Professors at Claremont McKenna College began working on a Racial-Ethnic General Education (GE) proposal following George Floyd’s murder and the subsequent nationwide Black Lives Matter protests in 2020. But, two years later, the fate of whether the GE will be implemented remains uncertain.
CMC faculty voted April 14 to approve the GE, after which the proposal should have been sent to the Board of Trustees to be voted on, according to faculty bylaws. However, CMC president Hiram Chodosh did not recommend the proposal to the board. Instead, he sent it back to the faculty with proposed edits, with a suggested Oct. 15 deadline.
During a Monday meeting, an ASCMC representative shared that the Faculty Diversity Committee voted Sept. 16 to “recommend that the original proposal that passed be sent to the Board of Trustees,” without the edits.
Chodosh’s decision came as a shock to some faculty, particularly CMC professors Gaston Espinosa of religious studies and Daniel Livesay of history, who proposed the GE. In an Aug. 8 email to students, both professors expressed disappointment with the president’s response in a joint-statement, after what Livesay called a “historic” consensus among faculty.
“It’s unprecedented for a president not to take a faculty-approved proposal to the board for a vote,” Espinosa said.
In a statement sent to TSL, Michelle Chamberlain, the vice president for advancement and dean of the Robert Day Scholars program, said the Board of Trustees’ “overarching concern” with the proposal was the high number of GEs already required at the college.
Chodosh handed the proposal back to faculty with instructions to “develop a full set of parallel, alternative and non-exclusive recommendations” for the curriculum without increasing the number of GEs.
The proposed GE would be an overlay course, meaning it could count towards multiple GE credits. In order for a course to satisfy this requirement, it would need four to five weeks of instruction time discussing racism, the social construction of race and ethnicity and/or the intellectual contributions of racial-ethnic minorities.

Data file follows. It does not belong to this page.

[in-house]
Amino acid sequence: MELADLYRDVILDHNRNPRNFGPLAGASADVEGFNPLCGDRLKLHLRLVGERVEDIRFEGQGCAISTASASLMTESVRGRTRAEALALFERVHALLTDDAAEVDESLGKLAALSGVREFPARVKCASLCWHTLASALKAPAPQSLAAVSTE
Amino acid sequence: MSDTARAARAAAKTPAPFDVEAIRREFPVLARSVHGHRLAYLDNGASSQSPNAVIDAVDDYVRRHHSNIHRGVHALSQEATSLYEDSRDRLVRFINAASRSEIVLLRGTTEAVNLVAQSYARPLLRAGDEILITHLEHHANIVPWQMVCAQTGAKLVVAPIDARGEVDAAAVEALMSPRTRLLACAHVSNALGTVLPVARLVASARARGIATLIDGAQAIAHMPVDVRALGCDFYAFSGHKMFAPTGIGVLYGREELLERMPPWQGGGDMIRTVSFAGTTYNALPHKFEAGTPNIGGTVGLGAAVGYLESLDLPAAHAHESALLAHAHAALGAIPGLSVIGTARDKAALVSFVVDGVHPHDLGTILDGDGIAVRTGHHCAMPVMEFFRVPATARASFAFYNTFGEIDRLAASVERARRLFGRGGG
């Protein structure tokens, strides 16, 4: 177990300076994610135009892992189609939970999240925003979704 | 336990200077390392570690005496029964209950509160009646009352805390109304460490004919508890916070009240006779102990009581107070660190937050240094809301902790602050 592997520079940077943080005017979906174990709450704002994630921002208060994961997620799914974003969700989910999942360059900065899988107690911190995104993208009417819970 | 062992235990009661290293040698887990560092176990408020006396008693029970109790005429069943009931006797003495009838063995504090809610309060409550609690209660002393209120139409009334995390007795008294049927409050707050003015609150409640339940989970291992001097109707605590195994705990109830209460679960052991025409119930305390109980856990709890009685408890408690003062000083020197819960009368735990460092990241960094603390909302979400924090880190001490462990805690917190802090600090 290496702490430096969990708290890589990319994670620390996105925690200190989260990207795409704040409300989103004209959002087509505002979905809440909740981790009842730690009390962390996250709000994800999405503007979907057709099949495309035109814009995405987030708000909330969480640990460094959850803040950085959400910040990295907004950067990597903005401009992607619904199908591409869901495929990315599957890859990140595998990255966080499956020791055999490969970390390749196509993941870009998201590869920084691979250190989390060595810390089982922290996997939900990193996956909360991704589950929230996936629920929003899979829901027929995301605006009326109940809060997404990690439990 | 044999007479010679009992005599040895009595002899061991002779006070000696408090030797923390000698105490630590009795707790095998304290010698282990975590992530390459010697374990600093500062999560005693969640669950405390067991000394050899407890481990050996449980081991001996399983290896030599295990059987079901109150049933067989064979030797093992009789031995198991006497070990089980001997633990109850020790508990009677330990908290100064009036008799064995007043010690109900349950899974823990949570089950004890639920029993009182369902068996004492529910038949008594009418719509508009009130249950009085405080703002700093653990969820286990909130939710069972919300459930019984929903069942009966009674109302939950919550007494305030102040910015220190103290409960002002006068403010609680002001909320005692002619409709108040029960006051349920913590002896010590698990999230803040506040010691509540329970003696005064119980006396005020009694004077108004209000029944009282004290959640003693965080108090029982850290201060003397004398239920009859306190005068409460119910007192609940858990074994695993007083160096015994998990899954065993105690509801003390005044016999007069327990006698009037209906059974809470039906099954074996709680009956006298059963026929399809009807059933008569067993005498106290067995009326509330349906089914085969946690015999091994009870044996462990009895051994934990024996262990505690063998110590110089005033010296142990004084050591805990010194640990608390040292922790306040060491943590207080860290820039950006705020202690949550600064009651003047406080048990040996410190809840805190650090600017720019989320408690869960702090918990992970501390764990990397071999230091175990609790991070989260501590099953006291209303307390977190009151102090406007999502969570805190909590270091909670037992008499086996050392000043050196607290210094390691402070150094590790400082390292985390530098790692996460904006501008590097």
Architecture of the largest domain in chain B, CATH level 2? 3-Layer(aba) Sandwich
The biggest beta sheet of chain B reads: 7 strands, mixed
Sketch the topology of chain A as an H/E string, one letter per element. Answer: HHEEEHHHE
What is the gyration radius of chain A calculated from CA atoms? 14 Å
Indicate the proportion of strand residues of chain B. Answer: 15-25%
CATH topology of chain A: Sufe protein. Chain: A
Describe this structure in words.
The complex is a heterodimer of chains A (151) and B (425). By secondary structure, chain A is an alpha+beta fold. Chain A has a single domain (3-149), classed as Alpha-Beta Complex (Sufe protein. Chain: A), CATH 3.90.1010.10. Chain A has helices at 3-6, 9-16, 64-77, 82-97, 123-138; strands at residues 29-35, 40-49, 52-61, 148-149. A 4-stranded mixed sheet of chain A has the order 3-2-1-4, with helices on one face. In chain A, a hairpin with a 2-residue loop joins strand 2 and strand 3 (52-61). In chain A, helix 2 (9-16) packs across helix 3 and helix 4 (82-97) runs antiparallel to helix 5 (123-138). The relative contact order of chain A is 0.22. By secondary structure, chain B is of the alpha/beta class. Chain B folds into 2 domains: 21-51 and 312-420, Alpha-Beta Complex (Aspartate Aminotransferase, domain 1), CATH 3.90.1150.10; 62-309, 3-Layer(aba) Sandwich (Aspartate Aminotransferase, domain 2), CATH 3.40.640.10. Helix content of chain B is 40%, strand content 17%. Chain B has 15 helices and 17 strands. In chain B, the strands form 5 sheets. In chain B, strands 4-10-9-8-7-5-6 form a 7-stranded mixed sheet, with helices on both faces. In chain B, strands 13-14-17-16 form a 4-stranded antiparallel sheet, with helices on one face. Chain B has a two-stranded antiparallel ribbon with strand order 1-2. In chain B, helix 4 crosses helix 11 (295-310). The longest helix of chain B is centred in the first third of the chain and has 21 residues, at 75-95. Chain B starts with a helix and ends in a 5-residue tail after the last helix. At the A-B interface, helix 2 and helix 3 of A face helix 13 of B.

CMC requires students to take nine to 14 GE courses, not including overlays while also depending on students’ major. Scripps College requires 10 to 13 courses; Pitzer College requires 11; Pomona College requires seven to 10 and Harvey Mudd College requires 10.
Currently, CMC and Harvey Mudd are the only two 5Cs without a racial and cultural understanding requirement.
“We’re sort of behind most of our peer institutions that have this requirement already,” Livesay said.
The GE went through two years of development, including nine faculty meetings and three student meetings, according to Espinosa and Livesay’s email. Over 60 people were involved in shaping the proposal, which was met with “faculty support from across the ideological spectrum,” Livesay said.
The proposal also would not disrupt the graduation track for students currently enrolled at CMC. Only students that enter CMC after the proposal is finalized would be subject to the new requirement, Livesay said.
Espinosa and Livesay said in their email that Chodosh’s proposed changes served to “dilute the exclusive focus of this GE on race-ethnicity and ultimately kill this proposal by not recommending to the Board that it vote on it.”
Chamberlain said that Chodosh “looks forward to working with the faculty, student body and the Board of Trustees to find ways to meet the important objectives of the proposal and respond to expressed concerns.”
Next week, ASCMC is hosting two forums with Chodosh, Espinosa and Livesay that will include pre-written questions presented by student representatives along with an open forum.
Livesay and Espinosa both said the next step is to present the GE proposal to the Board of Trustees directly. According to ASCMC, the Board of Trustees is set to discuss the proposal sometime in the next two weeks.